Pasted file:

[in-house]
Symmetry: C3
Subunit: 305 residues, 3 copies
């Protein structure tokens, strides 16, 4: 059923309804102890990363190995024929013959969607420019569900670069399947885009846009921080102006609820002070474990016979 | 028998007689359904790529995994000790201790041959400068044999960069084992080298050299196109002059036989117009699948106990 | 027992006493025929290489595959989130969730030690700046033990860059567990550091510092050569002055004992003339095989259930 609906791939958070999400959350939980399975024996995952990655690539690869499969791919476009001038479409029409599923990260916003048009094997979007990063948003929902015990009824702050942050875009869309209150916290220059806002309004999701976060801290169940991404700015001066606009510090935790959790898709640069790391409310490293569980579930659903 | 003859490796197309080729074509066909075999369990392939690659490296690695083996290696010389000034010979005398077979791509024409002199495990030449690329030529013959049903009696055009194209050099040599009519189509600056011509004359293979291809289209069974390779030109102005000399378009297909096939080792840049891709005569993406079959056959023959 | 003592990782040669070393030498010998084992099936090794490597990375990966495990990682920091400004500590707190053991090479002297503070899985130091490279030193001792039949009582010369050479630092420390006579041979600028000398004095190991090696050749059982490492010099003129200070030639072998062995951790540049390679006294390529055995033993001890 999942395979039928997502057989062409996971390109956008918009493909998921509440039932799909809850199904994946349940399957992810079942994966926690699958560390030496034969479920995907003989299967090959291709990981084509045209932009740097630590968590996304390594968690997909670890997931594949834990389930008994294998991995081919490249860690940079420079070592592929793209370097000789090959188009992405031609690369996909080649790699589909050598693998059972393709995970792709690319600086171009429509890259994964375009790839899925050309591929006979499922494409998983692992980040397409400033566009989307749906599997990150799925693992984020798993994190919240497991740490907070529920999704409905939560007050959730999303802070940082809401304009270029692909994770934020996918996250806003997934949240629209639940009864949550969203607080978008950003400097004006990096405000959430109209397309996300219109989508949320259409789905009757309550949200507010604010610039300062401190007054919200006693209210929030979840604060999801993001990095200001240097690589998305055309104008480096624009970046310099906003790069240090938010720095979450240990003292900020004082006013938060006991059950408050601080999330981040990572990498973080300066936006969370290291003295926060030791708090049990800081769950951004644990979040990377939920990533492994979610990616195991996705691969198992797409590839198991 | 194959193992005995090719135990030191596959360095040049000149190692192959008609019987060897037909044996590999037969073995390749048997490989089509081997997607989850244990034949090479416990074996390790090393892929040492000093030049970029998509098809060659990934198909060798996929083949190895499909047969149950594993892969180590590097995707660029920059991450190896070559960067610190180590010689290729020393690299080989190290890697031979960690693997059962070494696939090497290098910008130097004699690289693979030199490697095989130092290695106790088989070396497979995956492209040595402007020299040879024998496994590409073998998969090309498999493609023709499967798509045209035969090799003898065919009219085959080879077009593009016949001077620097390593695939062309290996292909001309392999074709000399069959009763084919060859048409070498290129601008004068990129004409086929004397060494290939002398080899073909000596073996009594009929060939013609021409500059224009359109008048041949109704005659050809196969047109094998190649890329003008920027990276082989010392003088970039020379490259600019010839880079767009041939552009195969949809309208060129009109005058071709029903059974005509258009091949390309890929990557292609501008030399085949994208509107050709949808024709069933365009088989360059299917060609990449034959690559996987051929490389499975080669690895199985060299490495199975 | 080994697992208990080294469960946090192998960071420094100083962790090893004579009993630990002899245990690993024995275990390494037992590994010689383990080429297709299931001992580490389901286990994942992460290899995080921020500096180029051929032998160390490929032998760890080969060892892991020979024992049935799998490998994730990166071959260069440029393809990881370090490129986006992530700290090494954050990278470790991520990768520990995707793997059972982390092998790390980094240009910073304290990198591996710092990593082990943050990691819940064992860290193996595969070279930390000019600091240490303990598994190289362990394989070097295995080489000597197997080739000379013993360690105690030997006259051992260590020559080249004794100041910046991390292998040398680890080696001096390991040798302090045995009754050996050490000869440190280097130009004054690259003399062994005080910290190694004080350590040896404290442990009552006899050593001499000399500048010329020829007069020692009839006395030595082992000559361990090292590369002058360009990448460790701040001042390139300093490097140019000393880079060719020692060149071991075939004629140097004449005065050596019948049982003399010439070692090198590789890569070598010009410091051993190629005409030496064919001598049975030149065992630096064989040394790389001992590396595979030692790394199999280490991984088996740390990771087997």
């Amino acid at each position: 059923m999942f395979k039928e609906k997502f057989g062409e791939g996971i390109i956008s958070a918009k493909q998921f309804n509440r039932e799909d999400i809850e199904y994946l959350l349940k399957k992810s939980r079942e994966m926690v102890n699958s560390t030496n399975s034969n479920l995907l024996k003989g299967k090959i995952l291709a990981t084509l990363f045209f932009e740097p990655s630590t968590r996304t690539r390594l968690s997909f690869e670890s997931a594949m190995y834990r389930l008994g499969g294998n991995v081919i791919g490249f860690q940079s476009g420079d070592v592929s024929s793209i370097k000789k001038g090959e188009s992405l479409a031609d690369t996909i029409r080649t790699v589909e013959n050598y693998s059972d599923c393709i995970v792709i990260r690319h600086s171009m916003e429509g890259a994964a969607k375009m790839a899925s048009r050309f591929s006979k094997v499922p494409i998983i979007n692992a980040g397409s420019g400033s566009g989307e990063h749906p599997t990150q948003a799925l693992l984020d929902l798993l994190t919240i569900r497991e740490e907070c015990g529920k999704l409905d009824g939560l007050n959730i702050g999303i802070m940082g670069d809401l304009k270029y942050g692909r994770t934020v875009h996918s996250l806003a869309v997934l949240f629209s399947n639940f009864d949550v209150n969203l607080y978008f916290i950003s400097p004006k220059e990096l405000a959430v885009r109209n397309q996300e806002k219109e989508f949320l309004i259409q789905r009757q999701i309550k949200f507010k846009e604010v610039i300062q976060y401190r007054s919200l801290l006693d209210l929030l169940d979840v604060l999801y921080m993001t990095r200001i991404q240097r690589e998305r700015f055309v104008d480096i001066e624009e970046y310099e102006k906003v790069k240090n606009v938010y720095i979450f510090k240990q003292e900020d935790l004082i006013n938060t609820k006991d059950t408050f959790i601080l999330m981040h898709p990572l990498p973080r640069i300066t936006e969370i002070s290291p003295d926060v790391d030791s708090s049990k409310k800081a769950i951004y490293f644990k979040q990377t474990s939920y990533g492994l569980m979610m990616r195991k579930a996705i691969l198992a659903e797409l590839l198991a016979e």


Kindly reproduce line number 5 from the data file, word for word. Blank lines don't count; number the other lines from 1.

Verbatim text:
């Amino acid at each position: 059923m999942f395979k039928e609906k997502f057989g062409e791939g996971i390109i956008s958070a918009k493909q998921f309804n509440r039932e799909d999400i809850e199904y994946l959350l349940k399957k992810s939980r079942e994966m926690v102890n699958s560390t030496n399975s034969n479920l995907l024996k003989g299967k090959i995952l291709a990981t084509l990363f045209f932009e740097p990655s630590t968590r996304t690539r390594l968690s997909f690869e670890s997931a594949m190995y834990r389930l008994g499969g294998n991995v081919i791919g490249f860690q940079s476009g420079d070592v592929s024929s793209i370097k000789k001038g090959e188009s992405l479409a031609d690369t996909i029409r080649t790699v589909e013959n050598y693998s059972d599923c393709i995970v792709i990260r690319h600086s171009m916003e429509g890259a994964a969607k375009m790839a899925s048009r050309f591929s006979k094997v499922p494409i998983i979007n692992a980040g397409s420019g400033s566009g989307e990063h749906p599997t990150q948003a799925l693992l984020d929902l798993l994190t919240i569900r497991e740490e907070c015990g529920k999704l409905d009824g939560l007050n959730i702050g999303i802070m940082g670069d809401l304009k270029y942050g692909r994770t934020v875009h996918s996250l806003a869309v997934l949240f629209s399947n639940f009864d949550v209150n969203l607080y978008f916290i950003s400097p004006k220059e990096l405000a959430v885009r109209n397309q996300e806002k219109e989508f949320l309004i259409q789905r009757q999701i309550k949200f507010k846009e604010v610039i300062q976060y401190r007054s919200l801290l006693d209210l929030l169940d979840v604060l999801y921080m993001t990095r200001i991404q240097r690589e998305r700015f055309v104008d480096i001066e624009e970046y310099e102006k906003v790069k240090n606009v938010y720095i979450f510090k240990q003292e900020d935790l004082i006013n938060t609820k006991d059950t408050f959790i601080l999330m981040h898709p990572l990498p973080r640069i300066t936006e969370i002070s290291p003295d926060v790391d030791s708090s049990k409310k800081a769950i951004y490293f644990k979040q990377t474990s939920y990533g492994l569980m979610m990616r195991k579930a996705i691969l198992a659903e797409l590839l198991a016979e």